FDA Pipeline: Label Update for Durvalumab in NSCLC; Applications Accepted in Epithelioid Sarcoma, AML


Recently, the U.S. Food and Drug Administration (FDA) approved the inclusion of overall survival from the PACIFIC trial in the U.S. prescribing information for durvalumab and accepted applications for a new drug in the treatment of epithelioid sarcoma and two orphan drugs in the treatment of acute myeloid leukemia (AML).

Durvalumab U.S. Label Updated With Overall Survival Data in Unresectable Stage III NSCLC

The FDA approved the inclusion of overall survival (OS) data from the phase III PACIFIC trial in an update to the durvalumab U.S. prescribing information for patients with unresectable stage III non–small cell lung cancer (NSCLC) whose disease has not progressed following concurrent platinum-based chemotherapy and radiation therapy.

The label update was based on results from the primary OS analysis published by Antonia et al in The New England Journal of Medicine, which demonstrated an OS benefit for treatment with durvalumab vs placebo in this setting, reducing the risk of death by 32% (hazard ratio [HR] = 0.68; 95% confidence interval [CI] = 0.53–0.87, P = .0025).

In a follow-up 3-year post-hoc OS analysis presented by Gray et al at the 2019 ASCO Annual Meeting (Abstract 8526), results for durvalumab remained consistent with the 2-year data =, showing a 31% reduction in the risk of death vs placebo (HR = 0.69; 95% CI = 0.55–0.86) and showing that 57% (95% CI = 52.3–61.4) of patients on durvalumab were still alive vs 44% (95% CI = 37.0–49.9) of patients on placebo.

Durvalumab is approved for the treatment of unresectable stage III NSCLC in more than 45 countries, including the U.S., European Union, and Japan, based on data from the PACIFIC trial. The National Comprehensive Cancer Network® (NCCN®) Clinical Practice Guidelines in Oncology (NCCN Guidelines®) recommend durvalumab as the only category 1 post–chemotherapy and radiation therapy consolidation immunotherapy for patients with unresectable stage III NSCLC.

New Drug Application Acceptance and Priority Review for Tazemetostat in Epithelioid Sarcoma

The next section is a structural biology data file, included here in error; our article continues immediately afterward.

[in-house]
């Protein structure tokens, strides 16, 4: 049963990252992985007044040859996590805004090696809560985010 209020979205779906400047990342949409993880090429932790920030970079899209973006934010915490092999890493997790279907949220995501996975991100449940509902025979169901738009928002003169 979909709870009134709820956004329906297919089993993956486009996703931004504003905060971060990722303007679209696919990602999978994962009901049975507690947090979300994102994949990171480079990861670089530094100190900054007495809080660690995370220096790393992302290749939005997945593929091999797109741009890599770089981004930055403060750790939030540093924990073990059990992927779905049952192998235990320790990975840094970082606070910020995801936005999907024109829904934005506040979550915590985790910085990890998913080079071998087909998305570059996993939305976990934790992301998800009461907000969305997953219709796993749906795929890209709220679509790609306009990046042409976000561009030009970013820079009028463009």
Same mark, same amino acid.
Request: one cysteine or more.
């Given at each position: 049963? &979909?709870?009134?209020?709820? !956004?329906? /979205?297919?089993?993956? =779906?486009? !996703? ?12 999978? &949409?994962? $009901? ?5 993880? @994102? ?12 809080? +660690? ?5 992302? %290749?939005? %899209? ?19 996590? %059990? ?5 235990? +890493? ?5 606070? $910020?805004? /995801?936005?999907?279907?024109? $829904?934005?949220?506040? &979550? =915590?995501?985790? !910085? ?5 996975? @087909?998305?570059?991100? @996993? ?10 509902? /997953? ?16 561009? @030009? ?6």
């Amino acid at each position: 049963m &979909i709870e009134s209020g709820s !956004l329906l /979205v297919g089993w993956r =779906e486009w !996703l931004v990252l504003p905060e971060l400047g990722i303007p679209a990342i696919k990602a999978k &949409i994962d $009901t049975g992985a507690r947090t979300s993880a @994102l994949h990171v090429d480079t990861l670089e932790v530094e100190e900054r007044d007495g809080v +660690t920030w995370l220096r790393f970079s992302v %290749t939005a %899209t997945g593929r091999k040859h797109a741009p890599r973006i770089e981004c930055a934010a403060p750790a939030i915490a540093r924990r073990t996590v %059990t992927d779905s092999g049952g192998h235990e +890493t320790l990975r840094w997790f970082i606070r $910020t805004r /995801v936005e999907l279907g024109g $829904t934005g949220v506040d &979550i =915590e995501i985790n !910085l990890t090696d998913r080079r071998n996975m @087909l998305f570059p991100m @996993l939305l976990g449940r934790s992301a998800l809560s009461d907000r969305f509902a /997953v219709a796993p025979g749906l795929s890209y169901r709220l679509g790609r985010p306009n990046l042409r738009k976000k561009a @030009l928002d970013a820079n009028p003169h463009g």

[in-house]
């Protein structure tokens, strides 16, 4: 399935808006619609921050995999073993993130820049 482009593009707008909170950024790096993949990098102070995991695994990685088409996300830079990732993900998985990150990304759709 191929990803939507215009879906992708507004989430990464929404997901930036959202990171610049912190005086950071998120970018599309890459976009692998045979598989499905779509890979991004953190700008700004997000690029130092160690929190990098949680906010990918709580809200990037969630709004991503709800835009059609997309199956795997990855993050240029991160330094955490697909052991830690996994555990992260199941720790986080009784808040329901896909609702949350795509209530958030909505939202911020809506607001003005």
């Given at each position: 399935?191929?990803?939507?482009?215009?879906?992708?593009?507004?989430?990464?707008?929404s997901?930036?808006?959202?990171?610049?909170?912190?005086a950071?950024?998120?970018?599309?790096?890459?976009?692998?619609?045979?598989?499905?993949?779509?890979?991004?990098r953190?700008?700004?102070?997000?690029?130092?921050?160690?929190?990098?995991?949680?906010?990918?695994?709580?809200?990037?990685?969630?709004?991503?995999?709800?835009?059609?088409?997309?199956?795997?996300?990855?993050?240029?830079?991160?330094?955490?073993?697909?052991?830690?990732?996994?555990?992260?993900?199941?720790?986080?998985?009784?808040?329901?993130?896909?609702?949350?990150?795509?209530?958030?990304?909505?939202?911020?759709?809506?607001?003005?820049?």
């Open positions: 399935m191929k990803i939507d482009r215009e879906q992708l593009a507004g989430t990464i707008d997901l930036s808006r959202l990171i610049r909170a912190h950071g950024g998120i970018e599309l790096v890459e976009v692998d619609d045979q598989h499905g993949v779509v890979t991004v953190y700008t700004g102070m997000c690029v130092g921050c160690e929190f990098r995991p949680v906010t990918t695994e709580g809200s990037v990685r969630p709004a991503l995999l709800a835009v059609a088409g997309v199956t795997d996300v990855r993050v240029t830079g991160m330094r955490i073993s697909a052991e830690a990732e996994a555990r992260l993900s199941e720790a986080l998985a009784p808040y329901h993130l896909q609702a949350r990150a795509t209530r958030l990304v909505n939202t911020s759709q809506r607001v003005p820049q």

The FDA accepted the filing of a new drug application for accelerated approval of tazemetostat in metastatic or locally advanced epithelioid sarcoma not eligible for curative surgery. The FDA granted Priority Review for the new drug application and has set a target action date of January 23, 2020.

Tazemetostat is an oral, potent, first-in-class EZH2 inhibitor.

The submission is based primarily on data from the 62-patient epithelioid sarcoma cohort from an ongoing phase II study of tazemetostat. Findings from the trial reported by Stacchiotti et al at the 2019 ASCO Annual Meeting (Abstract 11003), showed that treatment with tazemetostat resulted in clinically meaningful and durable responses and was generally well-tolerated.

A 1:1 randomized, controlled clinical trial in the front-line treatment setting comparing tazemetostat in combination with doxorubicin vs placebo plus doxorubicin in approximately 150 patients is planned. The primary efficacy endpoint will be progression-free survival, and secondary efficacy endpoints will include overall survival, disease control rate, overall response rate, and duration of response. The confirmatory study will include a safety run-in that is expected to begin in the second half of 2019.

Orphan Drug Designation for KO-539 in AML

The FDA has granted Orphan Drug designation to the menin-mixed lineage leukemia (menin-MLL) inhibitor KO-539 for the treatment of AML.

KO-539 is a potent and selective small molecule inhibitor of the menin-MLL protein-protein interaction. MLL-rearranged leukemias are characterized by chromosomal translocations of the MLL gene that are primarily found in patients with AML and acute lymphoblastic leukemia (ALL). These translocations form oncogenes encoding MLL fusion proteins, which play a causative role in the onset, development, and progression of MLL-rearranged leukemias. The target genes of the MLL fusion proteins are also found to be overexpressed in a broader subset of AMLs characterized by oncogenic driver mutations in genes such as NPM1. These mutations also appear to be dependent on the interaction between menin and MLL, suggesting that the menin-MLL complex is a central node in epigenetic dysregulation driven by distinct oncogenic driver mutations known to be important in AML and other hematologic malignancies. In preclinical studies, KO-539 has demonstrated potent and selective inhibition of the proliferation of MLL-rearranged leukemia cell lines. There is also preclinical data showing robust and durable efficacy in multiple in vivo models of AML characterized by MLL rearrangements or oncogenic driver mutations in genes such as NPM1.

Orphan Drug Designation for MB-102 in AML

The FDA granted Orphan Drug designation to MB-102 (CD123 CAR T) for the treatment of acute myeloid leukemia (AML). The FDA also previously granted Orphan Drug designation to MB-102 (CD123 CAR T) for the treatment of blastic plasmacytoid dendritic cell neoplasm (BPDCN).

MB-102 is a chimeric antigen receptor (CAR) T-cell therapy that is produced by engineering patient T cells to recognize and eliminate CD123-expressing tumors. CD123 is widely expressed on bone marrow cells of patients with myelodysplastic syndromes, as well as in hematologic malignancies including AML, B-cell acute lymphoblastic leukemia, hairy cell leukemia, BPDCN, chronic myeloid leukemia, and Hodgkin lymphoma.

In a first-in-human clinical trial at City of Hope, MB-102 has demonstrated complete responses at low doses in AML and BPDCN without dose-limiting toxicities. Dose escalation continues at City of Hope in both indications.

The content in this post has not been reviewed by the American Society of Clinical Oncology, Inc. (ASCO®) and does not necessarily reflect the ideas and opinions of ASCO®.